As companies implement their technologies around the world, the biggest trend Karamouzis sees is the movement to create more process standardization and to digitize as many processes as possible. "Gone are the days of every business unit saying 'I'm special or unique so I need a different system in Brazil or Russia,'" she says. "We're in this mode where you have to more highly justify why something is new or unique." Software as a service or in the cloud are "based on a repeatable model where if things aren't customized they are configurable."

She admits that getting to a single instance is not easy, given corporate politics, "but at the end of the day, senior people in an organization have to really put their foot down and embrace the idea and permeate it down."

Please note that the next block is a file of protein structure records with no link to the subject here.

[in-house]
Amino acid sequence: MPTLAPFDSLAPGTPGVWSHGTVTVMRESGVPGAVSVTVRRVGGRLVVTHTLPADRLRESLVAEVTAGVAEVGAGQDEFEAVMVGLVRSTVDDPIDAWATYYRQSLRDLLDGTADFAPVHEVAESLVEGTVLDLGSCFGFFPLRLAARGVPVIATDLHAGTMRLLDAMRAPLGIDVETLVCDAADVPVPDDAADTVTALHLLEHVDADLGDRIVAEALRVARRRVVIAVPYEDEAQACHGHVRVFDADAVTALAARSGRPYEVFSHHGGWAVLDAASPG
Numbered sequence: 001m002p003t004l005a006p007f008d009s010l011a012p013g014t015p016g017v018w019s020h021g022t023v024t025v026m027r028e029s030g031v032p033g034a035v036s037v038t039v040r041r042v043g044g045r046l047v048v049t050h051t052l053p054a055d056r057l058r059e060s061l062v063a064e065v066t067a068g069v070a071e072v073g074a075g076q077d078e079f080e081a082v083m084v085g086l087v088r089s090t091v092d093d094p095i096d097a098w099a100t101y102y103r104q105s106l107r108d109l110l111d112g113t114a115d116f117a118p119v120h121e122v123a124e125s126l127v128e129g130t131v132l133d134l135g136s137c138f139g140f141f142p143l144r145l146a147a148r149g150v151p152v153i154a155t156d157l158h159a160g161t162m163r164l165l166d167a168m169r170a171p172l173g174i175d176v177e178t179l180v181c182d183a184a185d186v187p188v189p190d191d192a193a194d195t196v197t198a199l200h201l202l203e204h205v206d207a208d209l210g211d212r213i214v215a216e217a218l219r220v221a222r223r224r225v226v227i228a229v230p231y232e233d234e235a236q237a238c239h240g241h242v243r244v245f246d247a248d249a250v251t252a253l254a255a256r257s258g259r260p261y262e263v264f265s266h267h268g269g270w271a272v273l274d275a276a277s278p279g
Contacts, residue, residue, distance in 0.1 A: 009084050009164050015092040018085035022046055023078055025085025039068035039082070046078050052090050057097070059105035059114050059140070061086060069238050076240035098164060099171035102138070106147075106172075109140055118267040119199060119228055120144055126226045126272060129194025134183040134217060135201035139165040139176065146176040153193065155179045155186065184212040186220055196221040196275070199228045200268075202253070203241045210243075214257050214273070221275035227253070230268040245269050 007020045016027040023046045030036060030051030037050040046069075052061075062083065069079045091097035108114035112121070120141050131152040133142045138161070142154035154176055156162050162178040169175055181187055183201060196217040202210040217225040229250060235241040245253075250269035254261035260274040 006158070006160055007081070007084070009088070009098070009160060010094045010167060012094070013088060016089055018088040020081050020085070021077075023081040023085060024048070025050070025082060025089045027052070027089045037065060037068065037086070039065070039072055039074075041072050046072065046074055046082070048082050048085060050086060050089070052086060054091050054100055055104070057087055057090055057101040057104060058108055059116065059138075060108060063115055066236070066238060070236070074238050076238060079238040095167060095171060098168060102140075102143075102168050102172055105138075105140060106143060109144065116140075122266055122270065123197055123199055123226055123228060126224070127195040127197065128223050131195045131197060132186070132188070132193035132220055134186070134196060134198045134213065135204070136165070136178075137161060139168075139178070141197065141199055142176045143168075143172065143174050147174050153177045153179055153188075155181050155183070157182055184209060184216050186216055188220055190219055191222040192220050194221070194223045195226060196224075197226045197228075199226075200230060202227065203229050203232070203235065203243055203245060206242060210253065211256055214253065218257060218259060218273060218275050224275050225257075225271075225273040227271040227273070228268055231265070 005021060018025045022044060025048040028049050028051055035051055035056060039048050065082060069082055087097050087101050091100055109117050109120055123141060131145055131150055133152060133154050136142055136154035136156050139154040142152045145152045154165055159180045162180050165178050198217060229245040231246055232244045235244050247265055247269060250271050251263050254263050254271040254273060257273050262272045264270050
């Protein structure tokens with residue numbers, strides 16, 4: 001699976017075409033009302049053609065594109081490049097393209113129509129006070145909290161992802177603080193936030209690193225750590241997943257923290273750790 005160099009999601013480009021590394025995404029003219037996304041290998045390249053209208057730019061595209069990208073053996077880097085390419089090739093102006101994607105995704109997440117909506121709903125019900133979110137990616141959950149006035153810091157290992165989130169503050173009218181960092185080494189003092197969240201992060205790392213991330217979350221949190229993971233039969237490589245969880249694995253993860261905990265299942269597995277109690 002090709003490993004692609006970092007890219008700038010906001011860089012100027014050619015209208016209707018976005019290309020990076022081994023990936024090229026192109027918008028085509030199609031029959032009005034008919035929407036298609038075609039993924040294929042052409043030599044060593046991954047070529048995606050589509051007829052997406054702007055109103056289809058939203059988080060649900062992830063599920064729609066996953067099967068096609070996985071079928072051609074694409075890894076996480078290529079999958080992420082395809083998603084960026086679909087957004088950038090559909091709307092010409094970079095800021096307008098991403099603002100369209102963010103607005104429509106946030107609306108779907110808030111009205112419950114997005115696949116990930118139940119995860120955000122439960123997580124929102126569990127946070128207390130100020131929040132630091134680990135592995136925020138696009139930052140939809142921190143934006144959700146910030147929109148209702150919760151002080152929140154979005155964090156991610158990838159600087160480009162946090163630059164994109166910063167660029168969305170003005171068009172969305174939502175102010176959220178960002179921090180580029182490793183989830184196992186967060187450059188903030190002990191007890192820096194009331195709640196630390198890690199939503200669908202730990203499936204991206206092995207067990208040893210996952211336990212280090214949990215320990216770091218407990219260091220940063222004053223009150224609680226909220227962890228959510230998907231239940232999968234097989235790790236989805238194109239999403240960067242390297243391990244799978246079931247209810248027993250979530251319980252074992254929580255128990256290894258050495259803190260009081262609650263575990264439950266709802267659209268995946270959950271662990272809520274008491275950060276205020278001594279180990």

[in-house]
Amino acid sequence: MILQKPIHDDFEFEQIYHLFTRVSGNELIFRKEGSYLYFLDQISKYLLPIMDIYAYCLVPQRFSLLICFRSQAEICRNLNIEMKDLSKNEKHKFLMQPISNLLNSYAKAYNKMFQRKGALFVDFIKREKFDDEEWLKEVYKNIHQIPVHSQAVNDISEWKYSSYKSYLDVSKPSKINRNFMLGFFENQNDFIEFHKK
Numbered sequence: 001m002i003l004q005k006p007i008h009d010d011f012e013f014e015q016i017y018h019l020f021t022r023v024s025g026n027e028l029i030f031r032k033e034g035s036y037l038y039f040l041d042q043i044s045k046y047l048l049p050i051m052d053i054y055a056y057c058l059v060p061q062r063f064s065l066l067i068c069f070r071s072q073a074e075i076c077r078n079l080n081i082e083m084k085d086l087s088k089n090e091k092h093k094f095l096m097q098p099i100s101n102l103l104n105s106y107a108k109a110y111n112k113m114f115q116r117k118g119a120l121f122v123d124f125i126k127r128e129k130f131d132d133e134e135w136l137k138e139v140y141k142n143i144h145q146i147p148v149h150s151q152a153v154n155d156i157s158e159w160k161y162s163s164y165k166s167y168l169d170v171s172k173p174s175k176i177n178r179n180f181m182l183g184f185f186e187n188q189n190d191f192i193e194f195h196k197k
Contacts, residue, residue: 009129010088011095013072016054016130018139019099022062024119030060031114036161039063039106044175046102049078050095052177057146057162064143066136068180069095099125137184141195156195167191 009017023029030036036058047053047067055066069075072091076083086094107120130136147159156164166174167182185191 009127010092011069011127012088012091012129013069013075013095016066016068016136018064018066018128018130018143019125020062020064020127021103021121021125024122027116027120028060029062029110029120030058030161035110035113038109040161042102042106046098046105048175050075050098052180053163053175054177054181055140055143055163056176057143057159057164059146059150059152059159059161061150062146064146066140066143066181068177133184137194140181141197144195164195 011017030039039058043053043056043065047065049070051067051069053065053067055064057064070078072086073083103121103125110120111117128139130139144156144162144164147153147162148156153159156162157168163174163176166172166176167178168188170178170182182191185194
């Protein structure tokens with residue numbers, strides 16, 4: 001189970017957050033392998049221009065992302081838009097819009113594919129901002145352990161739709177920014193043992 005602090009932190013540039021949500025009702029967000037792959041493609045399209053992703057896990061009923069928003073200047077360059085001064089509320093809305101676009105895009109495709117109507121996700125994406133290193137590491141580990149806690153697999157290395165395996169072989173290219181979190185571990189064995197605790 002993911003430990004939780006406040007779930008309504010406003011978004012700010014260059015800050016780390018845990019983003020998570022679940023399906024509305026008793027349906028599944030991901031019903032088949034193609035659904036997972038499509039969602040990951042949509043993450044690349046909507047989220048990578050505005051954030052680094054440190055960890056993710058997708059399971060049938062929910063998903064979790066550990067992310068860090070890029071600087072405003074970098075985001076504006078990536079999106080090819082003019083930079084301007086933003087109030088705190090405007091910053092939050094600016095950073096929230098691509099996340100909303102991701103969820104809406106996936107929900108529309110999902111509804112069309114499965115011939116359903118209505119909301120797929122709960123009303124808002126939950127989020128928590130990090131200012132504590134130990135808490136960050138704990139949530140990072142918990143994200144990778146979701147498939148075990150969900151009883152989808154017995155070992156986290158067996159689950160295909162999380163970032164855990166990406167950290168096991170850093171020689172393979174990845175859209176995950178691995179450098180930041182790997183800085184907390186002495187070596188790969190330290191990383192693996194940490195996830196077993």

Security is of course, another challenge -- how to stay compliant with multiple countries' regulatory requirements as they change and how to stay secure in a dynamic environment when you're developing new functionality.

A third big area for global companies is figuring out the key performance indicators -- how to measure success, Karamouzis says. "Can you come up with global standards to measure our success consistently from country to country? How do I develop these dashboards?"

A single-instance strategy

Merck operates in over 140 countries, and to effectively roll out technology worldwide, the company has adopted a global single instance strategy. In other words, systems such as SAP are made available to the majority of countries Merck operates in, says Golestani.

Clark Golestani, CIO of Merck Merck

Global technology issues are "are easier to [solve] ... than the information privacy aspects" says Clark Golestani, CIO of Merck.